Storm petrels were confirmed to be breeding on NatureScot’s Isle of May National Nature Reservefor the first time this summer, and with the sniffer dogs’ assistance, the location and extent of the colony has now been confirmed.
The nomadic birds breed in the UK during the summer but spend their lives out at sea. Most of the 26,000-strong UK population can be found on remote islands and the species is notoriously difficult to monitor due to its nocturnal habits and preference for remote, rocky islands.
Five sniffer dogs were trained to locate the scent of storm petrels underground in their burrows after all the other seabirds had left the island. They detected 63 confirmed positive responses – revealing burrows and indicating that pairs were nesting.
David Steel, Reserve Manager at the Isle of May, said: “These special seabirds come ashore under the cover of darkness and nest underground in crevices, burrows, cairns or stone-walls, raising a single chick. During that time, their activities – singing away in total darkness, as well as their unique musky smell, make these birds so fascinating and mysterious.”
Dr Mark Bolton, the leading authority on storm petrels in the UK and a Principal Conservation Scientist for the RSPB, said the storm petrel discovery was ‘very exciting’.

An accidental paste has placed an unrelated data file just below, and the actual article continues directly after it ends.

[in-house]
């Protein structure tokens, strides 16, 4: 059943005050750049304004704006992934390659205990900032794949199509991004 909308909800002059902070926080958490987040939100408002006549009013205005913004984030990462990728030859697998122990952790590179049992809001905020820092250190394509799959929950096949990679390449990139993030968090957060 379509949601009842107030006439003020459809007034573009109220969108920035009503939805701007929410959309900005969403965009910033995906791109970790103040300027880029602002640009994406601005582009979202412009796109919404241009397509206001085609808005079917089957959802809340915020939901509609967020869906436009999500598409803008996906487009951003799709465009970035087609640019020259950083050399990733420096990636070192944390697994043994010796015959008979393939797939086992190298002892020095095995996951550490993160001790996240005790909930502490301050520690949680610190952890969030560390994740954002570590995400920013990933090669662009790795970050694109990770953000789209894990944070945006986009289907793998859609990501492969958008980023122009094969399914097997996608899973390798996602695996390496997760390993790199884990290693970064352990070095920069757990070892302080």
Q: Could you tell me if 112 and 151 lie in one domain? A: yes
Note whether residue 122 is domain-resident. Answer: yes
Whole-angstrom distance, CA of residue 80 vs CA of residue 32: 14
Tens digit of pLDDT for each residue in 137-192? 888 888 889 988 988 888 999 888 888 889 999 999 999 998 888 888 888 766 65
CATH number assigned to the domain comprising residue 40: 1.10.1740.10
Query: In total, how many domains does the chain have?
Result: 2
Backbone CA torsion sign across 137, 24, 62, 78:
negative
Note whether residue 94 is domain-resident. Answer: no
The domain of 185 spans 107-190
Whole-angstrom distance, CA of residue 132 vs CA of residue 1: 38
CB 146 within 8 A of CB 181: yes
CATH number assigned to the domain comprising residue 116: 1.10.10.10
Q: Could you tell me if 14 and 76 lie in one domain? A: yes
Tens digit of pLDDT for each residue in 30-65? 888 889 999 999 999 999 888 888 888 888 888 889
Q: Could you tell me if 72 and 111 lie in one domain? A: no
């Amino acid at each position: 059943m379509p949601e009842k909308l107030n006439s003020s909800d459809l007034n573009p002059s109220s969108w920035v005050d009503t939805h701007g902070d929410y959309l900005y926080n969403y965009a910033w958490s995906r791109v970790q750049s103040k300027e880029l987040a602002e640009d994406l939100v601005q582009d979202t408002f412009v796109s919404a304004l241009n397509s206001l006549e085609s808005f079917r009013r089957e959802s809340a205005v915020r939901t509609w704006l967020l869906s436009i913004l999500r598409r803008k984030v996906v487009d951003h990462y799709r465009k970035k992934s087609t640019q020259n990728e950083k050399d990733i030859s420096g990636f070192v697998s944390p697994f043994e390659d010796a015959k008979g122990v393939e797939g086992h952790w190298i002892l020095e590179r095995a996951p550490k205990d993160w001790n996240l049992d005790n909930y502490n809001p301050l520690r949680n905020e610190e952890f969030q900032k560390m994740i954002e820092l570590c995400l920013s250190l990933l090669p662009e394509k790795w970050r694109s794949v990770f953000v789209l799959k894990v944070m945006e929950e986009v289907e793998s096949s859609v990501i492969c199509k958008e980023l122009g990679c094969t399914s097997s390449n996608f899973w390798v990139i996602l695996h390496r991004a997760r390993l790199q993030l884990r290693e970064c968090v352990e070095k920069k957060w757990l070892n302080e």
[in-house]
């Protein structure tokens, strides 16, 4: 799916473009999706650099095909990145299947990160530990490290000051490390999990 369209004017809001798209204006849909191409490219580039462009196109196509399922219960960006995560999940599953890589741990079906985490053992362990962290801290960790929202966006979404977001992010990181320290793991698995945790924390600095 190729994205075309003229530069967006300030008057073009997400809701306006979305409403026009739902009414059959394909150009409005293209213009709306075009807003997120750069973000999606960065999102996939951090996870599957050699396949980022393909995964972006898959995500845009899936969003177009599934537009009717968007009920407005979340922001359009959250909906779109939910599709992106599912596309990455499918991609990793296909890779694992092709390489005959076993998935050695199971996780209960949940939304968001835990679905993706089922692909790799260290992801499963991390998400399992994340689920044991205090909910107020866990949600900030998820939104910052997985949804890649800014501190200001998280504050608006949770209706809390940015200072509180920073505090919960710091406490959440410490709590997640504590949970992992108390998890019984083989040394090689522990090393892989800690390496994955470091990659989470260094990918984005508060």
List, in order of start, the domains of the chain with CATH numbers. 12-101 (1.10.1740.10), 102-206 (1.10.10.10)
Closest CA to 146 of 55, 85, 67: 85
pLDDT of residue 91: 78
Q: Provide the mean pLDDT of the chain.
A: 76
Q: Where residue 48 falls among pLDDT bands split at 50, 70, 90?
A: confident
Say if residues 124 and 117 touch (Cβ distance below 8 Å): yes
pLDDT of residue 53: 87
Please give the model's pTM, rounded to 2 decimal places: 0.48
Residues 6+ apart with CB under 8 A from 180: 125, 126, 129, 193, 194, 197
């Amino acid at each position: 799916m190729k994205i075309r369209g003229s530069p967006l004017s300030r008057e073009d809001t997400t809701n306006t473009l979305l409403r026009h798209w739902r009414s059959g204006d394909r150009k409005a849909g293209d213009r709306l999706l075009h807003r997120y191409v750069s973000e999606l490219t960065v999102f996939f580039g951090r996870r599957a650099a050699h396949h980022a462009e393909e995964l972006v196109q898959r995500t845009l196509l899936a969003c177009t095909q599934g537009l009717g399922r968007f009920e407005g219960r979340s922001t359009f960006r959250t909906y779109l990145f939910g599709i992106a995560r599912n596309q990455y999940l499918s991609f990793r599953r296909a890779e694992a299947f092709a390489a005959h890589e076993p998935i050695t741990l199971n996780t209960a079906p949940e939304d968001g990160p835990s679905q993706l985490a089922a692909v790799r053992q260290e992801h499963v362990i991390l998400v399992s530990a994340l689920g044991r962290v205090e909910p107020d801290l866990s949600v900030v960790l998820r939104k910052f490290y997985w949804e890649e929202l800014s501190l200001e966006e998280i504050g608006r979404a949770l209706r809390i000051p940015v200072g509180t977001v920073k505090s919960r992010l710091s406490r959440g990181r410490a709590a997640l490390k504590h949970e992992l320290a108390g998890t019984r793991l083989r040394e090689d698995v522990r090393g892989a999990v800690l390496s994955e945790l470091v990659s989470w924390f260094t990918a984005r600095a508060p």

He continued: “The fact that specially-trained scent dogs were used to locate many of the nesting sites is ground-breaking in the UK, and I hope it heralds a new era of greater use of scent dogs for seabird monitoring here.”
Simon Chapman, Senior Trainer at K9 Manhunt & ScentWork Scotland, added: “Having trained lots of different dogs over the years on a vast array different odours, this was a first for us to work in conservation and to locate a new colony of nesting seabirds. Dogs are a cost effective and fast method to cover the ground when conducting these types of surveys.”
Over the years, volunteers at Scotland’s oldest bird observatory on the island have been ringing non-breeding storm petrels and tracking their subsequent movements. Recoveries of ringed birds have shown links to much of the traditional range, mainly to the north and west of Scotland and Ireland.